The Great Debate

Don’t cry for the Nabucco pipeline

By Leslie Palti-Guzman
May 1, 2014

The site of a newly opened distribution hub of the gas pipeline Gazelle is pictured in Primda

It is too late for regrets. With Europe worried that Moscow could cut off gas deliveries to Ukraine, which would trigger price volatility and supply risks throughout the continent, the failure of the Nabucco pipeline project stands out.

U.S. v Russia: Searching for Kennan

By Nina Khrushcheva
April 28, 2014

No matter how counterintuitive it may seem, Washington needs to stop lecturing Russian President Vladimir Putin if it wants to resolve problems with him.

from Nicholas Wapshott:

The EU-U.S. love-hate relationship

By Nicholas Wapshott
April 11, 2014

The elaborate gavotte between the American and European economies continues.

While the Federal Reserve has begun to wind down its controversial quantitative easing (QE) program, the European Central Bank (ECB) the federal reserve of the eurozone, has announced it is considering a QE program of its own.

from Compass:

Putin’s action is no surprise

By Nader Mousavizadeh
March 28, 2014

Surprise is the least forgivable sin of statecraft. Yet nothing has so characterized the Ukraine crisis as the West's continuing surprise at Russia's behavior.

Reaching for a deal on Crimea

By Samuel Charap and Keith Darden
March 19, 2014

There is a disturbing air of inevitability in Western capitals surrounding Russia’s annexation of Crimea. A growing consensus views this scenario as a rough analogy to  Moscow’s recognition of Georgia’s breakaway regions of Abkhazia and South Ossetia after the 2008 war — perhaps more severe, but still manageable.

from Lawrence Summers:

Ukraine: Don’t repeat past mistakes

By Lawrence Summers
March 10, 2014

The events in Ukraine have now made effective external support for successful economic and political reform there even more crucial. The world community is rising to the occasion, with concrete indications of aid coming not just from the International Monetary Fund and other international financial institutions but also the United States, the European Union and the G20.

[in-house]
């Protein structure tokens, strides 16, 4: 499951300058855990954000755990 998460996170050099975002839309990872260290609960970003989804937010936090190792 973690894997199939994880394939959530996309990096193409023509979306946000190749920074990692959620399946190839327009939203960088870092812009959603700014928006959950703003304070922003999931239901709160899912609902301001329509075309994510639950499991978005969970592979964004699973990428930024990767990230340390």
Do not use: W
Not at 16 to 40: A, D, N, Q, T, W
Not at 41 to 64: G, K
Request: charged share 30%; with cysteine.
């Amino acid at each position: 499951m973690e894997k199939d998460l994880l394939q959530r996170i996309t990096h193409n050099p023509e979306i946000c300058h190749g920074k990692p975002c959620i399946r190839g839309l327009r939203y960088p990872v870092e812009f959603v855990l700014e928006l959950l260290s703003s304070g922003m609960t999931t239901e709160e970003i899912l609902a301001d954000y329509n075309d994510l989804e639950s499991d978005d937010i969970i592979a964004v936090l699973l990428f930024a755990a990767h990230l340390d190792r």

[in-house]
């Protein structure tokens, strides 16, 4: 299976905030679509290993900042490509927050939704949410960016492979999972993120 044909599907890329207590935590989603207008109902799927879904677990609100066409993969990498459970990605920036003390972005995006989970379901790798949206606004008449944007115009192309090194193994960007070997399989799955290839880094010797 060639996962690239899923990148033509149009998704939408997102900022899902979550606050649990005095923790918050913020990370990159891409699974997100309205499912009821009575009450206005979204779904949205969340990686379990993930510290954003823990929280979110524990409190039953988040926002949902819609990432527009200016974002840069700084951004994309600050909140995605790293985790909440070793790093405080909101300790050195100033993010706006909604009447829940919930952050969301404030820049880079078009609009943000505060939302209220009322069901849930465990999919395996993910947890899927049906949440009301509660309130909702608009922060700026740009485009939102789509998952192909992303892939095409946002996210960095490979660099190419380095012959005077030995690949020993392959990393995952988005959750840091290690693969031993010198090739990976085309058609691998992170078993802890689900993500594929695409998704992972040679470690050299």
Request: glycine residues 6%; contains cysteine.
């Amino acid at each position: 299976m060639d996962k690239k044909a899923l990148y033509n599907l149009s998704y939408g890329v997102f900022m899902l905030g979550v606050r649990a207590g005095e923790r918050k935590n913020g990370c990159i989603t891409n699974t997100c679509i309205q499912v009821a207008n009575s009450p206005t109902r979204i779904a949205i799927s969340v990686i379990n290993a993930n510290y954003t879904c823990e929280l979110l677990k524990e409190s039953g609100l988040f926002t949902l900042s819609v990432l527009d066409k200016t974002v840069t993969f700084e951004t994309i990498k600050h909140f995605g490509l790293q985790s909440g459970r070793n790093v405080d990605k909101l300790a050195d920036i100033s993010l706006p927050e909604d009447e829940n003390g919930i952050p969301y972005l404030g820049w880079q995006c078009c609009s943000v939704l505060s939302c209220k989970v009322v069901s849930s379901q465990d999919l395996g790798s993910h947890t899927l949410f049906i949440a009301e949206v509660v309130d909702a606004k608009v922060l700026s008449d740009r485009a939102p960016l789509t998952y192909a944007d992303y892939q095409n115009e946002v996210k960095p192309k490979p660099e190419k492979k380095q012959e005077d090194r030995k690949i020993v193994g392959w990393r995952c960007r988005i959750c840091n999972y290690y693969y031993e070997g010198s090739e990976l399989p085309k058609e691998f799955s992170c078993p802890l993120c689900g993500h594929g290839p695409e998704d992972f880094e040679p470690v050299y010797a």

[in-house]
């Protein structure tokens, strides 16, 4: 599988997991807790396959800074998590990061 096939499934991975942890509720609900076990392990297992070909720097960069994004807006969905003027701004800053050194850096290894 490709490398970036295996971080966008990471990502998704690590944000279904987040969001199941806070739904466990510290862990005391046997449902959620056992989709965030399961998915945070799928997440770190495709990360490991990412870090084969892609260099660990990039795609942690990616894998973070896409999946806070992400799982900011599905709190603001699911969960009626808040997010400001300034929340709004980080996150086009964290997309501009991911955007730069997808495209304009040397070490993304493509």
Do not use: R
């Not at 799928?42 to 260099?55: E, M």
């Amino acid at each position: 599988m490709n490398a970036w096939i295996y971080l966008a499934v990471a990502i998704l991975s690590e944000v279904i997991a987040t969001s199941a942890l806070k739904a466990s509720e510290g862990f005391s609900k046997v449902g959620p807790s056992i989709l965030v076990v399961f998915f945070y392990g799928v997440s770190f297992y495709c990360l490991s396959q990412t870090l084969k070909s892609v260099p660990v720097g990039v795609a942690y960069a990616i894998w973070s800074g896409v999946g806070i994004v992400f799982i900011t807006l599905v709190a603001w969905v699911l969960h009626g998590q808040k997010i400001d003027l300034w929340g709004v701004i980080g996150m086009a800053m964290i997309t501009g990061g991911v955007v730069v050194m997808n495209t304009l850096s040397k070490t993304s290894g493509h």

Assessing corporate risk in Ukraine

By Lucy P. Marcus
March 5, 2014

As the crisis in Ukraine escalates, boardrooms and senior management teams worldwide are now likely talking about the problems of doing business in conflict zones. These regions test the boundaries of risk tolerance.

Ukraine: Obama must escape the ‘Cold War syndrome’

By Elizabeth Cobbs Hoffman
February 21, 2014

When it comes to the mounting crisis in Ukraine, President Barack Obama is stuck playing an old role. Since World War Two, U.S. presidents have steadfastly held to the same course when it comes to Russia.

Ukraine after the Maidan

By William E. Pomeranz
February 19, 2014

Writing the first draft of history is always difficult, especially when the opening act curtain has not officially fallen. Yet developments in Ukraine have now reached a critical turning point, with certain consequences likely to follow.

Moscow fiddles, while Kiev burns

By William E. Pomeranz
January 31, 2014

Timing is everything in politics, and this adage could not be truer for the whirlwind now enveloping Russia and Ukraine. Both countries are in the headlines — Russia for the coming $50 billion Winter Olympics extravaganza, and Ukraine for an economic and political collapse that has left the country on the cusp of revolution.